However if communication with the leaseholder (or any representative) cannot be avoided, it must be conducted on a ‘without prejudice’ basis. This includes the sending of service charge and ground rent demands and chasing letters for payment that are required to be carefully worded in order not to incur waiver. There should also be no discussions of future payments with either party, not even on a ‘without prejudice’ basis.

Note: Waiver does not extend to unknown or future breaches and waiver on one occasion does not operate as a general waiver for continuing breaches in the future.


Whilst I accept that the amount of arrears on my block may pale into insignificance against those of other leaseholders who have been at the mercy of large corporate landlords, (which we are not) I am unconcerned about the potential loss of both the lease and therefore the property to any leaseholder landlord who flouts legislation. This is why instead of forfeiture being abolished I believe we should be extending our horizons.

 I work across both the leasehold and the PRS sector as the majority of flats on my block are sublet. Because of this I look to specifically target the use of forfeiture toward a) those leaseholders who deliberately fail to pay service charges (well and truly outside those reasons defined by legislation and for years on end) and b) where ‘rogue landlords’ not only risk the lives of their tenants, surrounding residents and that of the building by breaching health and safety requirements but who also allow their tenants (and visitors) to commit anti-social behaviour (including violence).

To give an example I have one such individual in particular who I believe should lose his property. Not only has he  only flouted every legal requirement in the book regarding service charges and disrepair issue but has refused to obtain a landlord license, another legal requirement. I am pressing for this to be rectified but having been advised of the steps involved in the process, he could remain in illegal operation for many more months without one!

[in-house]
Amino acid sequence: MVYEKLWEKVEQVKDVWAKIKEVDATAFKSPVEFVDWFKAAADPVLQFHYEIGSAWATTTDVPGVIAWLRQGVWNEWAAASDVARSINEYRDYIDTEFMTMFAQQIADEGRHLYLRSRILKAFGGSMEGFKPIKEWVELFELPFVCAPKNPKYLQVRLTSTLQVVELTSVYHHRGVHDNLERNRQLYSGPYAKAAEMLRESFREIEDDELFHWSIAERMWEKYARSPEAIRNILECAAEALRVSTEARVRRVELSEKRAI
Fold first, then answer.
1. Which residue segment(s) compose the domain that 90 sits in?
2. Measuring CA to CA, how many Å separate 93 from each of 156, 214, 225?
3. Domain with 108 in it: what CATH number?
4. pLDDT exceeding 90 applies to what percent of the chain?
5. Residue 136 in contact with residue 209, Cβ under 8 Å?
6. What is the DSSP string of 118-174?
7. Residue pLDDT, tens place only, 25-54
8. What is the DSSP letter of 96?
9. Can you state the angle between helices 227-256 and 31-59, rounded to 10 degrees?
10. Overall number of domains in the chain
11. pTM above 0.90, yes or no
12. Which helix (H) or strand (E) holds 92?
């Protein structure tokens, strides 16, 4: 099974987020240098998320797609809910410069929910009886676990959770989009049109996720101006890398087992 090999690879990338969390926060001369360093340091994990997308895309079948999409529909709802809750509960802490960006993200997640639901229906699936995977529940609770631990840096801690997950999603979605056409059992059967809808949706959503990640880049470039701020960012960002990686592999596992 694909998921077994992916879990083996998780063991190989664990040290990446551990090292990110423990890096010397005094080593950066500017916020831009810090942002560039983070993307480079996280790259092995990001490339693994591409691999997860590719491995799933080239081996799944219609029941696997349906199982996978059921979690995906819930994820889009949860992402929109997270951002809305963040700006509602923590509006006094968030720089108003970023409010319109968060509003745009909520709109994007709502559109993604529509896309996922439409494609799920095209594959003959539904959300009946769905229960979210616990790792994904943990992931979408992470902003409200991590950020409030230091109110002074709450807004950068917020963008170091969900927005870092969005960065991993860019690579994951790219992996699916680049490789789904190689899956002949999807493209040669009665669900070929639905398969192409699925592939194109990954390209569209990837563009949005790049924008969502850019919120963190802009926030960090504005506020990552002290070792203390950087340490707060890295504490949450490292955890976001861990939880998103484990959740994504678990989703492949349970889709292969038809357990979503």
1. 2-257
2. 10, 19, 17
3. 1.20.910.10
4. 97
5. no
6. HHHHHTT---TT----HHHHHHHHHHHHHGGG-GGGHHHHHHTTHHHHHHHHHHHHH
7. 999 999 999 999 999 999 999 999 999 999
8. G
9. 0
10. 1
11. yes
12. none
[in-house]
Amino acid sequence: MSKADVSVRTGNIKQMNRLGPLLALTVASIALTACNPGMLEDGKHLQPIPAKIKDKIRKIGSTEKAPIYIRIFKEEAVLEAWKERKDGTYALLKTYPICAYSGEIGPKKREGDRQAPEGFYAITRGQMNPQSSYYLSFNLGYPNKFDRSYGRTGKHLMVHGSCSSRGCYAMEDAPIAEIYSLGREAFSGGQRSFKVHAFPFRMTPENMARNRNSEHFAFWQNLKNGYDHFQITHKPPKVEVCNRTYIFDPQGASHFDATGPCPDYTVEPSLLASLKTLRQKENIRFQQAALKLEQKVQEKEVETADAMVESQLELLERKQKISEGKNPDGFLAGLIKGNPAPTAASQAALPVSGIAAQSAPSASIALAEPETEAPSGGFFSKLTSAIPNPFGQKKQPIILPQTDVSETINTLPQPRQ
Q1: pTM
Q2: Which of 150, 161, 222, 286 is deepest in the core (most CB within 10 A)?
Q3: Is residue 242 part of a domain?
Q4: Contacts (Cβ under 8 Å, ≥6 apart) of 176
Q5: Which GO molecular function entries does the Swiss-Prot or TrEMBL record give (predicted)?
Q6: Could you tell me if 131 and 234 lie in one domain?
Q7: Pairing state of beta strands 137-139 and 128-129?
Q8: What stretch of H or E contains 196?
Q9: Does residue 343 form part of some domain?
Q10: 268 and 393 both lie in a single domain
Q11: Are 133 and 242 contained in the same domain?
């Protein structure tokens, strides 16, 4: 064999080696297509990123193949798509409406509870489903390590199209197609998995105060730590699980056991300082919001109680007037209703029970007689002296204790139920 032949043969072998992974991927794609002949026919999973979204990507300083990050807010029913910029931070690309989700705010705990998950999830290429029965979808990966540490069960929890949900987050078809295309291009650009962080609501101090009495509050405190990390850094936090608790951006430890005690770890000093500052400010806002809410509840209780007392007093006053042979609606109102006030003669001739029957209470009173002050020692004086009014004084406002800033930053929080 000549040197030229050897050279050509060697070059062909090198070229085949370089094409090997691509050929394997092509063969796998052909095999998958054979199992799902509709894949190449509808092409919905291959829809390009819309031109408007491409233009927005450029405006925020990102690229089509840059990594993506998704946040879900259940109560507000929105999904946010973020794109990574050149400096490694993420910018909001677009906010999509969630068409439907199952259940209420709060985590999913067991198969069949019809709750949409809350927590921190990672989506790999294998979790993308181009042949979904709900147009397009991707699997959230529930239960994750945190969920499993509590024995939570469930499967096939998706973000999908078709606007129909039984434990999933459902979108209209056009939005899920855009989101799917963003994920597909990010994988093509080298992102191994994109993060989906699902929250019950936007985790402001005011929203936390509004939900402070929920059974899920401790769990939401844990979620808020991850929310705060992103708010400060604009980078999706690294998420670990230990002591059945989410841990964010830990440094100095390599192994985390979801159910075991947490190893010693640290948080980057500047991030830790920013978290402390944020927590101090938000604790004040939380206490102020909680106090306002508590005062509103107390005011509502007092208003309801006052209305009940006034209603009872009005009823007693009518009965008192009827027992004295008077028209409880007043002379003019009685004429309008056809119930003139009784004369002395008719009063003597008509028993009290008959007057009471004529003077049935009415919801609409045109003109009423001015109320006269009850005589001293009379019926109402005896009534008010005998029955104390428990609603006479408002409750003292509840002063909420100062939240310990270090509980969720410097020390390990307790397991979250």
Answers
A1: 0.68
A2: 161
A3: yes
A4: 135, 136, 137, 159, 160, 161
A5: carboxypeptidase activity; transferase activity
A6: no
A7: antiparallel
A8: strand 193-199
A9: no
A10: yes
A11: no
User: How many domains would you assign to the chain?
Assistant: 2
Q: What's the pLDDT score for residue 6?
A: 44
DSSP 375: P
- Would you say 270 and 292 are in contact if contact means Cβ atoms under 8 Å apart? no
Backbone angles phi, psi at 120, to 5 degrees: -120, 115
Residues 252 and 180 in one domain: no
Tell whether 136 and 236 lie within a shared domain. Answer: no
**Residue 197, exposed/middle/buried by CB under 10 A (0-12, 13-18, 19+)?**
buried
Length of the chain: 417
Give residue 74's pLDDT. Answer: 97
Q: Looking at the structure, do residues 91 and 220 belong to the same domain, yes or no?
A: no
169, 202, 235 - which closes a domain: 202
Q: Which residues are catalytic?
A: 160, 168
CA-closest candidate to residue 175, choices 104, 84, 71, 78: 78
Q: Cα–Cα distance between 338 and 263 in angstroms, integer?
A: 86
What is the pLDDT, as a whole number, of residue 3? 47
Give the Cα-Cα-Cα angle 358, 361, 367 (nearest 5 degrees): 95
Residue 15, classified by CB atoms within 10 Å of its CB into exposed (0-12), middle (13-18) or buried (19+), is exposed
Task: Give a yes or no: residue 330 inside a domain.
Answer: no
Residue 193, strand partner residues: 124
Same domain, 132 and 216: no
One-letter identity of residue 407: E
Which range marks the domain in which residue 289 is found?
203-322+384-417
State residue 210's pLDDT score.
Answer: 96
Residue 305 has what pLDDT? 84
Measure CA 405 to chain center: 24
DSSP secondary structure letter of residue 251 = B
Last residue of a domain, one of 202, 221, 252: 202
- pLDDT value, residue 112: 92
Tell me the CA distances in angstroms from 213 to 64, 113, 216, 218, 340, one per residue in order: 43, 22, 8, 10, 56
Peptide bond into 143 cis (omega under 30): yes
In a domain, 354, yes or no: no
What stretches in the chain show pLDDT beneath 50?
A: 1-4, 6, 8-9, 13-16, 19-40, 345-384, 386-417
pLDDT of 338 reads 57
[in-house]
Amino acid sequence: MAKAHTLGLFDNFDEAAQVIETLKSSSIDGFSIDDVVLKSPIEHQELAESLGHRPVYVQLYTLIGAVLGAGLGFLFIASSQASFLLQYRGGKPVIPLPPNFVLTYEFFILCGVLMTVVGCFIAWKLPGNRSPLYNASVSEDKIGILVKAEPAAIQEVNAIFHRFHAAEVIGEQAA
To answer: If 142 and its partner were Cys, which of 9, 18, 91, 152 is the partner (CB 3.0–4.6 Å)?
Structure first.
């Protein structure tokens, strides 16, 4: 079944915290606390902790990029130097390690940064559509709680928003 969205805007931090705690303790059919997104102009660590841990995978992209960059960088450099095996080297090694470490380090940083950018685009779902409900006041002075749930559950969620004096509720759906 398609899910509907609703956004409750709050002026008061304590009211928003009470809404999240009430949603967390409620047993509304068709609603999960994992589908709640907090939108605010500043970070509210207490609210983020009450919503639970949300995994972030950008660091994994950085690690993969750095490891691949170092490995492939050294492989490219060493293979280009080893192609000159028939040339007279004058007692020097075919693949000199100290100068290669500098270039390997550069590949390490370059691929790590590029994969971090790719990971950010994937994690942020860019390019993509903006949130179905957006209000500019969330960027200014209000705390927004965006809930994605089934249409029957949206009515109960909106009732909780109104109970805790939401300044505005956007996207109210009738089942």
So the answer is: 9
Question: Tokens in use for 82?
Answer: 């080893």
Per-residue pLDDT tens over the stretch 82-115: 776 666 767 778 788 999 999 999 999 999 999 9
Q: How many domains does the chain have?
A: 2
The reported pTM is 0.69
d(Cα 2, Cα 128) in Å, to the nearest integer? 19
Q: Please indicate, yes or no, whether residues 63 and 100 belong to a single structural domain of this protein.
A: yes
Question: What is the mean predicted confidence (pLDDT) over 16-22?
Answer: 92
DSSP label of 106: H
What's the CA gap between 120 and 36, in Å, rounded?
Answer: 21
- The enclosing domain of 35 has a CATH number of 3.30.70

He has tried to sell the property (under the radar) more times than I care to remember but since we secured a charging order on the property he has not pursued this avenue. As a delaying tactic, he even went so far as to start the statutory lease extension process but failed to defend his position on the arrears at the FTT so now our company solicitors can add their fees to the list!

The latest stunt is to install a gas boiler using an installer that is not Gas Safe Registered and at the moment the HSE are after him too.

And when another leaseholder landlord assaults the freehold RMC Director (my partner) because he is under continual pressure to do things properly then would I like such people to lose their assets? You bet I would!

I agree with those who say that if a lease breach is judged in open court (as opposed to a closed court which has been known to happen) than a reasonable amount of time must be given to repair any breach. However, (and again based on my experience) why give yet more chance to remedy through waiver when it’s only going to be used as yet another delaying tactic with no resolution?

If forfeiture is totally removed then leaseholders will be no better off when they find their block deteriorating because the freeholder has had its teeth well and truly extracted!

So not only must forfeiture be kept but the circumstances under which waiver is deployed should also be re-constructed!